The problems on Wall Street are becoming worse day by day. Two historic investment banks, Lehman Brothers and Bear-Sterns, collapsed while Merrill Lynch was sold to Bank of America in a fire sale. Retail banks, such as IndyMac and WaMu, have failed leaving people unsure about their deposits at banks across the nation. Fannie Mae and Freddie Mac have been placed in conservatorship by the U.S. Treasury Department while American International Group (AIG) needed an $85 billion loan to stay afloat. However, in this election season it is important to get the facts straight and to understand who and what caused the crisis.
The failure of the financial institutions on Wall Street was not due to lax regulation or the failure of the free market. Instead, bad legislation passed by the Congress and government intervention caused the crisis.
First, there are two pieces of legislation that need to be brought to your attention: the Community Reinvestment Act of 1977 and the Community Reinvestment Act of 1995. To outlaw “redlining” or racism in the banking world, the Community Reinvestment Act of 1977 pressured banks to lend to people with questionable income and credit history. If the banks did not comply, they would not receive regulatory approval from regulators to merge or conduct other banking activities. The act ignored the fact that banks were unwilling to lend to people because of their financial status, not because of their race. The Community Reinvestment Act of 1995 was a rehash of its 1977 predecessor but increased the amount of money banks had to lend to questionable borrowers. Fearful of the risks of subprime loans, the banks repackaged the loans and sold them to investors in the marketplace in a process known as securitization.
After the housing bubble burst, housing prices started to fall. People saw their monthly mortgage payments skyrocket, were unable to refinance their existing mortgage, and eventually defaulted. Investors, who held the mortgages in investments known as mortgage-backed securities, lost their money because the security lost its value. This led to the massive write-downs on Wall Street and the collapse of the aforementioned banks.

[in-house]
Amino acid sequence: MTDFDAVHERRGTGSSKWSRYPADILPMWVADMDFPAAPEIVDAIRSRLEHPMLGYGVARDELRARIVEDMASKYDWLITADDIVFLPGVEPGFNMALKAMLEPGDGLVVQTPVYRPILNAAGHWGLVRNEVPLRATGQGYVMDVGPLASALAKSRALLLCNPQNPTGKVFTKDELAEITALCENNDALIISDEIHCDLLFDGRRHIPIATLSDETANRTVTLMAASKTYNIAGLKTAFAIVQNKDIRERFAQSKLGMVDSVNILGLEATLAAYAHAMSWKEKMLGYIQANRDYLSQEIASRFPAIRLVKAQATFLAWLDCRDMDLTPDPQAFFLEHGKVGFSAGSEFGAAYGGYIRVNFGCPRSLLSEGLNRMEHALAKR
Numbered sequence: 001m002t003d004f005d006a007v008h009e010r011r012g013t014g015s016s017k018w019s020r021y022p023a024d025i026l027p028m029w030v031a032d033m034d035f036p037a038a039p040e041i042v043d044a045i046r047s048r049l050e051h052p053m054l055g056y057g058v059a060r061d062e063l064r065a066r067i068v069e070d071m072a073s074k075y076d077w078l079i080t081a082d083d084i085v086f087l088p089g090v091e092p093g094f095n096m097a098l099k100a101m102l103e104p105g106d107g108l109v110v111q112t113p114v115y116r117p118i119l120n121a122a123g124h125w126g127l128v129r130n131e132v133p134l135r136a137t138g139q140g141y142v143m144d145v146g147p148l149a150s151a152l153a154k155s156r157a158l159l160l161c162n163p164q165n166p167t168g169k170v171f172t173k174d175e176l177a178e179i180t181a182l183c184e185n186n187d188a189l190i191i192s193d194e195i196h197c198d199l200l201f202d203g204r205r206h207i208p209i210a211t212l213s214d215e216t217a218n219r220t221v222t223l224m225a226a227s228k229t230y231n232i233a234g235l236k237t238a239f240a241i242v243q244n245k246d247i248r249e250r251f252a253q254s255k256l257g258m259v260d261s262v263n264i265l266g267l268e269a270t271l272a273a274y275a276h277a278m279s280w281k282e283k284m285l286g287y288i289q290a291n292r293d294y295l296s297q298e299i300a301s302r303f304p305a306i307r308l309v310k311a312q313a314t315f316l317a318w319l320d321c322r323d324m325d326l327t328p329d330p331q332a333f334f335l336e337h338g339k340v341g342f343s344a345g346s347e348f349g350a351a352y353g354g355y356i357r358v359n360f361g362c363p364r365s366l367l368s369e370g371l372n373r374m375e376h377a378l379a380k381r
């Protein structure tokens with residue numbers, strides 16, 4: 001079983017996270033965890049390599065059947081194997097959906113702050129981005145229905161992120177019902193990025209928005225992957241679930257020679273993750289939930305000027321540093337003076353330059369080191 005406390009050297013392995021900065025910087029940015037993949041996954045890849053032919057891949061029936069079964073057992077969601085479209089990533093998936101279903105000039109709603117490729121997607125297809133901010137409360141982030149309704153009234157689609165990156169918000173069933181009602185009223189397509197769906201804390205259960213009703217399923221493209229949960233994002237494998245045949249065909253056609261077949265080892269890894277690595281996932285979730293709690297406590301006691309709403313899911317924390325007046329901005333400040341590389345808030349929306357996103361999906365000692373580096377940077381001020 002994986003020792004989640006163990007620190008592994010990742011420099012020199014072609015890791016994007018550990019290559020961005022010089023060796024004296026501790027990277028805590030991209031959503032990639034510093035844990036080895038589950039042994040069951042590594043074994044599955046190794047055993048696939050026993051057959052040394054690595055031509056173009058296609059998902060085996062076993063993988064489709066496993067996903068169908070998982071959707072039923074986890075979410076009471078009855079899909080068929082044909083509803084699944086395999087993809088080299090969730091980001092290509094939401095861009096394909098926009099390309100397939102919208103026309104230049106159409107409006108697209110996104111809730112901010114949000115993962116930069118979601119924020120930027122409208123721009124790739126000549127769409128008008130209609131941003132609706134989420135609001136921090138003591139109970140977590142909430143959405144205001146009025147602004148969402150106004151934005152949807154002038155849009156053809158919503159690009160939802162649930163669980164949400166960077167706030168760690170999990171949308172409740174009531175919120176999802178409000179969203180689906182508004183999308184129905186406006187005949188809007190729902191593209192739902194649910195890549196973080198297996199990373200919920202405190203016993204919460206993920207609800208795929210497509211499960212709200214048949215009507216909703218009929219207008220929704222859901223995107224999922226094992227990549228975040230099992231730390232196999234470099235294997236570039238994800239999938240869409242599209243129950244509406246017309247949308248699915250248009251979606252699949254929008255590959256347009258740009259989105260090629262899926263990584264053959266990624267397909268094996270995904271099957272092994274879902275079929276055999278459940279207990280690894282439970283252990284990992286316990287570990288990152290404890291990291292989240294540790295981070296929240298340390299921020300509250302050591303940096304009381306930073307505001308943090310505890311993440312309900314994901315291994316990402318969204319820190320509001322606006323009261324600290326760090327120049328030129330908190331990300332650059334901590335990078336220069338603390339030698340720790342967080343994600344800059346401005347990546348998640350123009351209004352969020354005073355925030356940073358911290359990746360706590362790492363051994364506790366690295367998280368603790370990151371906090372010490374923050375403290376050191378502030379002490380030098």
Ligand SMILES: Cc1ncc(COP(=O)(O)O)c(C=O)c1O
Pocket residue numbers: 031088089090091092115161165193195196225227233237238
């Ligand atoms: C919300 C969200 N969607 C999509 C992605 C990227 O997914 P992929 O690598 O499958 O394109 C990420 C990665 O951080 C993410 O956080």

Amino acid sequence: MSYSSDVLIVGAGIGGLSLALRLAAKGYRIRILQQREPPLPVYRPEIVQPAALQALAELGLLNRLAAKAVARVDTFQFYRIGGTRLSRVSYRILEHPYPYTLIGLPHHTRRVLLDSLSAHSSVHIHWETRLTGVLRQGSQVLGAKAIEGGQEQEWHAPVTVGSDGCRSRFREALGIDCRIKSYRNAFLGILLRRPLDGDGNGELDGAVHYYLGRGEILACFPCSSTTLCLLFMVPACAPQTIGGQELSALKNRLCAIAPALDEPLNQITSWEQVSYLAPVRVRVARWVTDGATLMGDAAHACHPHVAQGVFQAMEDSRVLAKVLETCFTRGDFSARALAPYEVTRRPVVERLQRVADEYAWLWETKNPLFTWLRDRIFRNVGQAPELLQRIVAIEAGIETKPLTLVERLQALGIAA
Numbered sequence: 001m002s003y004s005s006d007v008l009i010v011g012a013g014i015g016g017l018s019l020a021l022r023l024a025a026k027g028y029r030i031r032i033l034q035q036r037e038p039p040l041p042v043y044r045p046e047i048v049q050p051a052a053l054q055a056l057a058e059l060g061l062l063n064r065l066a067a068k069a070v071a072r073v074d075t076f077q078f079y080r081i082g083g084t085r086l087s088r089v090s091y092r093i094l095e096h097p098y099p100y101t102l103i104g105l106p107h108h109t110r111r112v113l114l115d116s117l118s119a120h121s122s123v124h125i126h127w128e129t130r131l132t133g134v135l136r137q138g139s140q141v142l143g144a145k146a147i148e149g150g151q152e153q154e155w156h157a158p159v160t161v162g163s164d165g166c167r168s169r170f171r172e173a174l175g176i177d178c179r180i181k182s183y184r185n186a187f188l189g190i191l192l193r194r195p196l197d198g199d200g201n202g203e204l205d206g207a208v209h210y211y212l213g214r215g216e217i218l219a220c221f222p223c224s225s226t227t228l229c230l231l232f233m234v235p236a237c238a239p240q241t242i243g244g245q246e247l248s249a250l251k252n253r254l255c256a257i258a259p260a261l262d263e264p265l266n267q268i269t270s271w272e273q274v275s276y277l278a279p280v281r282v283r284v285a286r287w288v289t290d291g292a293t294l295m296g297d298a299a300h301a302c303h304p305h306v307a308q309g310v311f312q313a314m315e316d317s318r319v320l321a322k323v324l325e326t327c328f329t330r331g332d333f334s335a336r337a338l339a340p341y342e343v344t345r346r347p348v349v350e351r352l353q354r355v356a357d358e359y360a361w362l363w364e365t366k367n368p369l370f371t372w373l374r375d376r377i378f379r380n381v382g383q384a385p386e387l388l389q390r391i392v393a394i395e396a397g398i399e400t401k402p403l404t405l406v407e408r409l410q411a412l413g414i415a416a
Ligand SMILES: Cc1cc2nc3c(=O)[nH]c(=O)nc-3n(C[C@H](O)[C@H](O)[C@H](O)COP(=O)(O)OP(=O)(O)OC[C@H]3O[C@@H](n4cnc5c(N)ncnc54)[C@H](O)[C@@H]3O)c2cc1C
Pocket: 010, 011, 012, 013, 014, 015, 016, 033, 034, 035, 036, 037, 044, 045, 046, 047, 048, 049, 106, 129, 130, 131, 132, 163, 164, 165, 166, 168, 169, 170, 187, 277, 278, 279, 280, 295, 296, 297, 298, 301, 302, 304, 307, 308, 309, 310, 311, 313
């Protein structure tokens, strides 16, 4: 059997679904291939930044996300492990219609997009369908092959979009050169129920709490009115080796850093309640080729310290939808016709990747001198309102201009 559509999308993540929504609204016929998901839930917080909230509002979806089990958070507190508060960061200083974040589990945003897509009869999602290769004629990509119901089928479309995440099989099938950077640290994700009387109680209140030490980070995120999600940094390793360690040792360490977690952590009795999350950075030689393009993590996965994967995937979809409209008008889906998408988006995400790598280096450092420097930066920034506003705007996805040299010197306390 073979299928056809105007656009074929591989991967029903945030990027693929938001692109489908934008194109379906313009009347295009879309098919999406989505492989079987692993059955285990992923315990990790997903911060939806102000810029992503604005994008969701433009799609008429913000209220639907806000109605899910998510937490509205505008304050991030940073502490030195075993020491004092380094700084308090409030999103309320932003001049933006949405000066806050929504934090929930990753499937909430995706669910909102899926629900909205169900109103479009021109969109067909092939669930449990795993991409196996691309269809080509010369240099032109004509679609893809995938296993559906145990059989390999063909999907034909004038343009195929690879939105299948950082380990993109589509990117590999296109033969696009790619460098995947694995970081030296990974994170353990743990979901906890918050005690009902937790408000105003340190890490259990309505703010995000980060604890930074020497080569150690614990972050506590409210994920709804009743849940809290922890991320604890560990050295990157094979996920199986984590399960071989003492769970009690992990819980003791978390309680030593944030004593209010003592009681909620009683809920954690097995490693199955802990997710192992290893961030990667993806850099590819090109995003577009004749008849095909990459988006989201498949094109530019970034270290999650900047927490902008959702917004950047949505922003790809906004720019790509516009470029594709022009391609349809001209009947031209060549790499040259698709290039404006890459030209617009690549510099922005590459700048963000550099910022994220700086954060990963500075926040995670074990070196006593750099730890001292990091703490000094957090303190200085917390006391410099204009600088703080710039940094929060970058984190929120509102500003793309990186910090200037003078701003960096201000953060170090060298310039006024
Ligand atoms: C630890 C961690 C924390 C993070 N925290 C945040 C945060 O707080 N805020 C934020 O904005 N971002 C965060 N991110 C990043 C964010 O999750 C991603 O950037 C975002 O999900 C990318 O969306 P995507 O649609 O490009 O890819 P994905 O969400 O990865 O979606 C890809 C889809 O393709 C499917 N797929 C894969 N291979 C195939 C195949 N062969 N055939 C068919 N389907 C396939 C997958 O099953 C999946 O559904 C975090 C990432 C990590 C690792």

Didn’t investors know the risks? Not really. Why? The three rating agencies that rate debt-Fitch, Moody’s and Standard and Poor’s-have a government-sponsored oligopoly. No one else is allowed to compete with them because these three institutions were the smartest, according to the government. However, these three badly miscalculated the risks and left investors-and now taxpayers-holding the bag.
There are more examples of bad regulation, like mark-to-market accounting, but space is limited.
The situation is dire and a bailout will not immediately fix the problem. However, Congress could pass a real stimulus package that would help alleviate the problem. It would include: making the George W. Bush tax cuts permanent, cutting the egregiously high corporate tax rate and-to borrow a line from Larry Kudlow-a policy of Drill! Drill! Drill! Keep in mind, Sen. John McCain (R-Ariz.) supports all of these policies.
An August report titled “Taxes and Economic Growth” from the Organization for Economic Cooperation and Development (OECD) showed that the United States’ combined federal and state corporate tax rate is 39.25 percent-the second highest corporate tax rate among the 30 developed member nations of the OECD. Therefore, the United States corporate tax rate is 50 percent higher than the OECD and according to the study, “corporate taxes are most harmful for growth, followed by personal income taxes and then consumption taxes.” John McCain is staunchly committed to lowering corporate taxes because he understands that high corporate taxes are bad for business, workers and America.
To lower gas prices, McCain supports offshore drilling. Lower gas prices mean people will have more money to pay off their mortgages which will help stabilize the housing market. In addition, more drilling means the creation of blue-collar union jobs right here in America.
Government intervention created the current financial crisis. Therefore, let us elect the man who wants less government, lower taxes, and who will “stand on your side and fight for your future.” Vote for McCain this November.
Thomas M. FosterTreasurer Miami University College Republicansfostert2@muohio.edU